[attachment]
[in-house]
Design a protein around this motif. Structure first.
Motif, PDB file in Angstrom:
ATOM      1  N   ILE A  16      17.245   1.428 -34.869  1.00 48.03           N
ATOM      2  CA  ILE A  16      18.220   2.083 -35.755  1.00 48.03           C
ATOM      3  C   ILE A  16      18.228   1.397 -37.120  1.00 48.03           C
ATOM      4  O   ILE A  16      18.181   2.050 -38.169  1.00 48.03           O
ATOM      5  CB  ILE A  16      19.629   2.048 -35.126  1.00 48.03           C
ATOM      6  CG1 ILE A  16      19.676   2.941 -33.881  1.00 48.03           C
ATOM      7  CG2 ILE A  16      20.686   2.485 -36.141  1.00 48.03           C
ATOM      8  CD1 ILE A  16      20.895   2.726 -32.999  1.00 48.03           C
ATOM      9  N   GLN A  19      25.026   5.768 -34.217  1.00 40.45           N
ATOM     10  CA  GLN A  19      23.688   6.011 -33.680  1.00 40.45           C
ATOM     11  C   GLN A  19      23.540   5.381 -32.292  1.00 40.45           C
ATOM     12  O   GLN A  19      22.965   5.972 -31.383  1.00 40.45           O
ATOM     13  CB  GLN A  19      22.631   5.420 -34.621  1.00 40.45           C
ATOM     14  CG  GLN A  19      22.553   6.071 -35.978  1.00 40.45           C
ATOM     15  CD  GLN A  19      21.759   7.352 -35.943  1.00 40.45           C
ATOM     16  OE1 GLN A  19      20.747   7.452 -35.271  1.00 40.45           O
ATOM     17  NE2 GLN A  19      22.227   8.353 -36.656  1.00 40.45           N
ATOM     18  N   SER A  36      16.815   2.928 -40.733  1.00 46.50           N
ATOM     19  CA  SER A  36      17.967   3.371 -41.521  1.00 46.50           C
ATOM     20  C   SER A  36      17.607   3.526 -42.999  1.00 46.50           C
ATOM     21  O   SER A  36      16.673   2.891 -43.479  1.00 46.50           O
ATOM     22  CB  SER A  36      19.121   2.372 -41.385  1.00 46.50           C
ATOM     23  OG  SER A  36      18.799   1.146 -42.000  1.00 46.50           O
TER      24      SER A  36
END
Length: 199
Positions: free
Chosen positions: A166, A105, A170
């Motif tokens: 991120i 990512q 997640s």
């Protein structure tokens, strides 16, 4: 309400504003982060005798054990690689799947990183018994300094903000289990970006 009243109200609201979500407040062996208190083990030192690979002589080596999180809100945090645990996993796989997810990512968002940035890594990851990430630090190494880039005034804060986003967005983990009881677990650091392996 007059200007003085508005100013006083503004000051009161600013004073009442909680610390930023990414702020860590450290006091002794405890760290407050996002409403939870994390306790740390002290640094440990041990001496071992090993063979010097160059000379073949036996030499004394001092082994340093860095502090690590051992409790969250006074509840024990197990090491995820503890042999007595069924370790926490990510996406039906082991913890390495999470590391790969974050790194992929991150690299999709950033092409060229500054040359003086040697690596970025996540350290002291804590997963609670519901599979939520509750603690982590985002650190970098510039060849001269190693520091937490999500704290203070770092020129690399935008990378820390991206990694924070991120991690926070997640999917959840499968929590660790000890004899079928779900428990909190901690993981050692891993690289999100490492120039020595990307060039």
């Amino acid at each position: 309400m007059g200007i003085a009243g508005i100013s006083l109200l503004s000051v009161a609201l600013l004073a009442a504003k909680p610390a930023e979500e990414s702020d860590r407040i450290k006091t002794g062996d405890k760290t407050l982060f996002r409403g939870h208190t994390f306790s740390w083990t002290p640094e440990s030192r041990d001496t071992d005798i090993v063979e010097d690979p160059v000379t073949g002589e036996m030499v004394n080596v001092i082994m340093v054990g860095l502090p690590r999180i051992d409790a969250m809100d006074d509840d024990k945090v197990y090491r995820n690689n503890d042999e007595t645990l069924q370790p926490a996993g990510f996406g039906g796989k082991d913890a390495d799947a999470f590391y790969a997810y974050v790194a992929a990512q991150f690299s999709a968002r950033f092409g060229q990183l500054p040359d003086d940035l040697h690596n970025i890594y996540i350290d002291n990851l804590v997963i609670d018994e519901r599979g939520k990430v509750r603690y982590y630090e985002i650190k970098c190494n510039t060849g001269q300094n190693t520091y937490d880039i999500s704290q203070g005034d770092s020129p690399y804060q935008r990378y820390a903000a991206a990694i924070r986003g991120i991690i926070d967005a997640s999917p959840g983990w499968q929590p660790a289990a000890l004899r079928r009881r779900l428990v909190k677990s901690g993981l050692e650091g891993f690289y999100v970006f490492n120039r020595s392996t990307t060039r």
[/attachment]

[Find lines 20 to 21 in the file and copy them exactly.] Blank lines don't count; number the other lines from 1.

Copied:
ATOM     17  NE2 GLN A  19      22.227   8.353 -36.656  1.00 40.45           N
ATOM     18  N   SER A  36      16.815   2.928 -40.733  1.00 46.50           N